ADM highlights top trends in rapidly-growing alternative protein category

By Mary Ellen Shoup

- Last updated on GMT

Photo Credit: GettyImages / Rocky89
Photo Credit: GettyImages / Rocky89

Related tags Adm plant-based protein

As concerns about how to feed a growing global population expected to reach 8.5 billion by 2030 and consumer demand for health-forward food solutions build, ADM predicts that alternative proteins will soon transition from a niche alternative to center plate.

According to ADM's Outside Voice survey, close to half (46%) of plant-based consumers believe that eating plant-based protein will support their overall health and just over one-quarter (27%) of consumers plan to change their diet to become more plant-based.

"These factors, among others, are powering the mainstreaming of protein alternatives. In the last year alone, the amount of alternative meat, cheese, and dairy products available to consumers has more than doubled,"​ said ADM in its recent trends report​. 

"Looking ahead, we expect the rapid growth of the alternative protein market to continue at an accelerated rate," ​said ADM, highlighting several key trends from unexpected protein sources to whole-muscle plant-based protein products.

Cell-cultured meat, novel protein sources, and microbial fermentation

With more than $1.2bn invested in startups working on cell-cultured meat and seafood solutions, the emerging cell-based meat production category is becoming one of the most promising segments of alternative proteins. According to ADM Outside Voice research, 68% of global consumers showed interest in cell-cultured meat.

"The year ahead could bring significant advances in the space, with some experts predicting that the FDA and USDA will allow companies to begin selling cell-based meat within the US by the middle of 2022," ​said ADM.

At the same time, novel sources of alternative protein production are also emerging, noted ADM.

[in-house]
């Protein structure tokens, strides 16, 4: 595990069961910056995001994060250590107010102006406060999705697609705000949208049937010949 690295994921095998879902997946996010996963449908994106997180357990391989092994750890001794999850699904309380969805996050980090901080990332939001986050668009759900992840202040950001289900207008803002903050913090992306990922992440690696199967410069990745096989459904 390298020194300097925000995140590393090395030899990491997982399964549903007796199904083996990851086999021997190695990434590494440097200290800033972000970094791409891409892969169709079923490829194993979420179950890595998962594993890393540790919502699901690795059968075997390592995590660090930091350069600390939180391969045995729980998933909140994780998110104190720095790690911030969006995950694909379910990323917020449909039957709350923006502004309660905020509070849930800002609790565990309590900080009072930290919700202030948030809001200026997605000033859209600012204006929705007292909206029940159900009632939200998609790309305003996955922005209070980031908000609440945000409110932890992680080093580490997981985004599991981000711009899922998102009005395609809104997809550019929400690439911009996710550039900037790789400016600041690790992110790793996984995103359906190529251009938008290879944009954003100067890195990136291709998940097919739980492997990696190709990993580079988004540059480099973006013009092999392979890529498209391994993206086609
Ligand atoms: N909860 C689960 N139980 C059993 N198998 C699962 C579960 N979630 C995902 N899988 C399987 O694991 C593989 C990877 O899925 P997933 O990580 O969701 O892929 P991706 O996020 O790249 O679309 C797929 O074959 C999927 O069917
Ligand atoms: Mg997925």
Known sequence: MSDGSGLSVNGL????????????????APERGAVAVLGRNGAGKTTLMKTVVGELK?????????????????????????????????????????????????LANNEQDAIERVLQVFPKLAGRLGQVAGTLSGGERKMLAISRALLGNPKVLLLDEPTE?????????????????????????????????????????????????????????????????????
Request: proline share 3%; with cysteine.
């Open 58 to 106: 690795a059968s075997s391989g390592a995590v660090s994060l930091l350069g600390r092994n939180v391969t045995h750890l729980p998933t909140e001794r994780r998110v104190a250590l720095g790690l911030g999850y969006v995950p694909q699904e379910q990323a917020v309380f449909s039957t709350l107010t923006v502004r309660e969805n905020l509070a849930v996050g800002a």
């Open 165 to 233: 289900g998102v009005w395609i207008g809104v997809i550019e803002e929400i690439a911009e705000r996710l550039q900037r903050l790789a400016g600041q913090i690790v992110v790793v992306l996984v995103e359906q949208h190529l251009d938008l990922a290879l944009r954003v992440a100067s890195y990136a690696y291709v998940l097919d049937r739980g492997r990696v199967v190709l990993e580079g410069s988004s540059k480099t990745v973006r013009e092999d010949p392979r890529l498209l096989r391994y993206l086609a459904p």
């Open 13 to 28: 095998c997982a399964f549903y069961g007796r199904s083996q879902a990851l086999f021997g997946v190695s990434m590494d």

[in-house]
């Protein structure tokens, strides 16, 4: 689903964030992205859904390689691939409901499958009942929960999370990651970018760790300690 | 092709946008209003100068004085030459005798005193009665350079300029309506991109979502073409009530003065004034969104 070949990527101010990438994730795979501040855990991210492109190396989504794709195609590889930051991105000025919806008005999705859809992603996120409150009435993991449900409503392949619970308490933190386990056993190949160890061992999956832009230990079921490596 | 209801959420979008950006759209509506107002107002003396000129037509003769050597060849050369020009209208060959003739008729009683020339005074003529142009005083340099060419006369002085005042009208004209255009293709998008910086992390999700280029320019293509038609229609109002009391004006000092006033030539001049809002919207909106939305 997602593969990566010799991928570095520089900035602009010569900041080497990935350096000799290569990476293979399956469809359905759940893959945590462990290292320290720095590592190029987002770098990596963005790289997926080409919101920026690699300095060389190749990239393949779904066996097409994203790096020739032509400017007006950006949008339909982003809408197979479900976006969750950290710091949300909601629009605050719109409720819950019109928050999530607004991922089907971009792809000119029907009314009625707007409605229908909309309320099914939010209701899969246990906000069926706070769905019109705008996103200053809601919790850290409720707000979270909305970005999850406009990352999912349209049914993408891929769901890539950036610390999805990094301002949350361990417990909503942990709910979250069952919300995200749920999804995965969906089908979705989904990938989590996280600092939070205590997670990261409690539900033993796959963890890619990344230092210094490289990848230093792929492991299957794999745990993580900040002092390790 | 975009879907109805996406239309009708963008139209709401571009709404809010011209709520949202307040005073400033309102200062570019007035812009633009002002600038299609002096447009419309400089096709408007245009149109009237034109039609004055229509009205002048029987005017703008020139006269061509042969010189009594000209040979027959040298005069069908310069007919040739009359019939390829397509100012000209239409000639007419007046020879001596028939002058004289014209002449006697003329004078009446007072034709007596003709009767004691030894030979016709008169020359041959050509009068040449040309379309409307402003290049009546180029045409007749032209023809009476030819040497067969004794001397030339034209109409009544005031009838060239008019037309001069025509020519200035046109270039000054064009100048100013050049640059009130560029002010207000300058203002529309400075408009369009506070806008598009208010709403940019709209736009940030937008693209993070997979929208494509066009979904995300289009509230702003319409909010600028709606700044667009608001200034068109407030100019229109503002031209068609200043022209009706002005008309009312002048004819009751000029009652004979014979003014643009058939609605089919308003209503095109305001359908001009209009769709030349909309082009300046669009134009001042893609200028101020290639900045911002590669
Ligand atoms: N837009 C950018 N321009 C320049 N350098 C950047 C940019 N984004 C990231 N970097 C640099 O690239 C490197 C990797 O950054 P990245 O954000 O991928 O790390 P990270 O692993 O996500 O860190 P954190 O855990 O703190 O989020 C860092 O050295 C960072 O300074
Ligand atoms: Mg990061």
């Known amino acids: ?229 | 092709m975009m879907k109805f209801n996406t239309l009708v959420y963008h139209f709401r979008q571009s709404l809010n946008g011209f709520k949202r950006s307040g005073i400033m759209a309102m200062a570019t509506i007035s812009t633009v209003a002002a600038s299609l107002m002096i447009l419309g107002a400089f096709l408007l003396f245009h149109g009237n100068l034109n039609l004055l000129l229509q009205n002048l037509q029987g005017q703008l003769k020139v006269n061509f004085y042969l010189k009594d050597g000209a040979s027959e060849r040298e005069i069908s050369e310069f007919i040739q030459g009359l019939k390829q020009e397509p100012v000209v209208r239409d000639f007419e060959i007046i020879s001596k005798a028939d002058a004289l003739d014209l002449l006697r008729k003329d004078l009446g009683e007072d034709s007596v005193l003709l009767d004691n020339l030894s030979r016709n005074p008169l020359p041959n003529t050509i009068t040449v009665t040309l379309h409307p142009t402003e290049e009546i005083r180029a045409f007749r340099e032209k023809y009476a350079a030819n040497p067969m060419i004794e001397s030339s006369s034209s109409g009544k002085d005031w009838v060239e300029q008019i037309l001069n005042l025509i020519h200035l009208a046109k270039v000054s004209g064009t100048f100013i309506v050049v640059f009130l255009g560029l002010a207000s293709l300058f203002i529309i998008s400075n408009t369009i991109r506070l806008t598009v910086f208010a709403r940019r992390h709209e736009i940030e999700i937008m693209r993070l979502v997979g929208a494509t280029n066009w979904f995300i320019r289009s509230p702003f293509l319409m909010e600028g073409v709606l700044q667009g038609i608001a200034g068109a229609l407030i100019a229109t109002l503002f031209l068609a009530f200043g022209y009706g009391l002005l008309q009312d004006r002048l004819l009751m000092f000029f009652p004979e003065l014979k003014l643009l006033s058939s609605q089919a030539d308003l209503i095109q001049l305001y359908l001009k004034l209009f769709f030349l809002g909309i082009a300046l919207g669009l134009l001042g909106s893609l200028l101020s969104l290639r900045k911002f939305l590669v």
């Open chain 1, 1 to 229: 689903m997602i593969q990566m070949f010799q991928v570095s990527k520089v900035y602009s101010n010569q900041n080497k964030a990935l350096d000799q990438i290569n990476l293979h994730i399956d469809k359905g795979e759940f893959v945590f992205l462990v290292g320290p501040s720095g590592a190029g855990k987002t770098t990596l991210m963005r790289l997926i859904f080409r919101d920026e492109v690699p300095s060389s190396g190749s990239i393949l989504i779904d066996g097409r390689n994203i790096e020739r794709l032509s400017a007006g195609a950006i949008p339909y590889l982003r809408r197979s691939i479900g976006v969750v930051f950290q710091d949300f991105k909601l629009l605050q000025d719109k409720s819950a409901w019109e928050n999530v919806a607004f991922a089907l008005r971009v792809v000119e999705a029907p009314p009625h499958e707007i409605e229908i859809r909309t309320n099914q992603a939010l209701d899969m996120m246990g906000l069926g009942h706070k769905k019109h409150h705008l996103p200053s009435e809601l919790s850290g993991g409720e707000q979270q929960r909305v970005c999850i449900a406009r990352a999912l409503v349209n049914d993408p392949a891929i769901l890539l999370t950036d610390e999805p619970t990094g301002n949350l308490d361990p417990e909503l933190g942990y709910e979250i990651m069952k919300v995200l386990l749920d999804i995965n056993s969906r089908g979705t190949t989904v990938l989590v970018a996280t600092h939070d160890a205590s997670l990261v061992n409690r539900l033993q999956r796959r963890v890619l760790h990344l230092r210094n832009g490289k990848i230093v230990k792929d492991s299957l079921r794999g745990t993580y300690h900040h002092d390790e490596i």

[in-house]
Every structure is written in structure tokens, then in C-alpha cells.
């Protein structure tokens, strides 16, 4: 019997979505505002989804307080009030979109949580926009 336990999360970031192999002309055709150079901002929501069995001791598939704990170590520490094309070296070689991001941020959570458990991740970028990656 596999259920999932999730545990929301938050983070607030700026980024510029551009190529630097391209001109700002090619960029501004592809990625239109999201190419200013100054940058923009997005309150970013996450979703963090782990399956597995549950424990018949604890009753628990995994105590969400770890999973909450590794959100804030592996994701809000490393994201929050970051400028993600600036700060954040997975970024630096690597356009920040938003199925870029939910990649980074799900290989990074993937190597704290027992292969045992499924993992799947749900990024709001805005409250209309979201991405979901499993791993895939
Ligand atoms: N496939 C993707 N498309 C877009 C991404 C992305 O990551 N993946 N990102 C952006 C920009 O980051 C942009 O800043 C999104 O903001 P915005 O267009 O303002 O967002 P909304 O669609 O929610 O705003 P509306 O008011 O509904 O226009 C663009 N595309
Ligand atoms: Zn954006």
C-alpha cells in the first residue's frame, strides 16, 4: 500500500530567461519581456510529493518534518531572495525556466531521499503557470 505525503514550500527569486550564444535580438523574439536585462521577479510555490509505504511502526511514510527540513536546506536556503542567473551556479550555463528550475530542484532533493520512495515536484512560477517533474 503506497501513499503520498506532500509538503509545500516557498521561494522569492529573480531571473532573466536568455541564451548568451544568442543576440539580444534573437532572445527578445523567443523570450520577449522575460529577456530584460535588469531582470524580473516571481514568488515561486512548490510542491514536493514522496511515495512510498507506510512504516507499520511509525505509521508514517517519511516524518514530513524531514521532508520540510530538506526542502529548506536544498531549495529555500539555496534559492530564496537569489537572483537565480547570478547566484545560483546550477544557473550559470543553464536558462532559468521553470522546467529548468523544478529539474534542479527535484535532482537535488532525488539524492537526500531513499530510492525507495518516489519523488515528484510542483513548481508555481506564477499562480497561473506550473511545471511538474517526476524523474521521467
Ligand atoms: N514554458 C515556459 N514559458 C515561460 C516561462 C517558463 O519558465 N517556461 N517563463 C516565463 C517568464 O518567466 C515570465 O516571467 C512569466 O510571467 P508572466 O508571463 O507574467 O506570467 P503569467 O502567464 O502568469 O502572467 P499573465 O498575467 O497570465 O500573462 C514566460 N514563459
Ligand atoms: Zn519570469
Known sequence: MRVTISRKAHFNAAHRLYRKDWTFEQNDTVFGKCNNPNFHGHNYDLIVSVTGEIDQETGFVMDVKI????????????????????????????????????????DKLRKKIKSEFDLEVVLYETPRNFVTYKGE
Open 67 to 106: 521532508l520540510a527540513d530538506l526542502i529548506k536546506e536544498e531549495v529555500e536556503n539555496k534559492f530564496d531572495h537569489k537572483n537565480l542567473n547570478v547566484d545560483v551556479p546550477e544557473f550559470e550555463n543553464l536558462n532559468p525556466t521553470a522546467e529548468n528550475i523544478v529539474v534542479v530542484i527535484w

"Other novel sources coming from air particles to volcanic ash, seaweed and insects, have shown promise as it relates to nutrition, functionality, flavor, sourcing, and price. Regardless of the ingredient source, in all instances, brands and consumers are seeking out proteins that are local and traceable," ​said ADM.

Heightened interest in microbial fermentation as a method of production of alternative protein products is also rapidly developing, noted ADM.

"Today, the US consumes ~50 billion burgers per year, with many of those burgers being from alternative sources of protein. With the alternative meats market expected to grow at a rate of 16% through 2030, the industry will need more than today’s protein sources to meet evolving demand,"​ ADM commented, adding that the company is currently exploring new ways to serve brands that are seeking support with downstream processing such microbial fermentation.

"Expansive capabilities in food-grade fermentation are required to support the processing, lab services and consulting needs of food and beverage companies,"​ said ADM.

Whole muscle, plant-based protein

Whole-muscle plant-based solutions are an underrepresented, untapped market opportunity for food companies to develop products that more closely mimic their animal protein counterparts, according to ADM.

"Whole-muscle, plant-based solutions, such as chicken breast alternatives, are becoming increasingly available to consumers in markets all over the world. These solutions will continue to evolve as brands seek out novel ways to reproduce the texturization of animal-based whole-muscle cuts, from T-bone steaks to shellfish," ​said ADM.

"As R&D work continues to advance in the industry, these products may also one day be sold in 'raw' formats in the butcher’s case, as opposed to pre-cooked, to enhance consumer perception of freshness,"​ predicted ADM.

Kid-friendly formats

Plant-based protein products for kids is another area of significant opportunity for food and beverage manufacturers who should be looking to develop products targeted at a growing demographic of flexitarian parents and kids, noted ADM.

Research from ADM’s Outside Voice survey found that almost two-thirds of global flexitarians are looking to incorporate more plant protein into their diets.

"These consumers are more likely to be families with parents and children seeking out options that are both tasty and beneficial to their overall health and well-being. In many cases, this growing desire to increase intake of protein alternatives has impacted entire families, with parents and children seeking out options that are both tasty and beneficial to their overall health and well-being,"​ said ADM.

Plant-based spins on traditional and authentic cuisines

From plant-based shawarma to shrimp dumplings, plant-based versions of traditional and authentic global cuisine are growing in popularity, noted ADM.

"Through new products featuring an assortment of globalized flavors, textures and product formats, brands are aiming to deliver an array of tasty, satiating comfort food analogues," ​said ADM.

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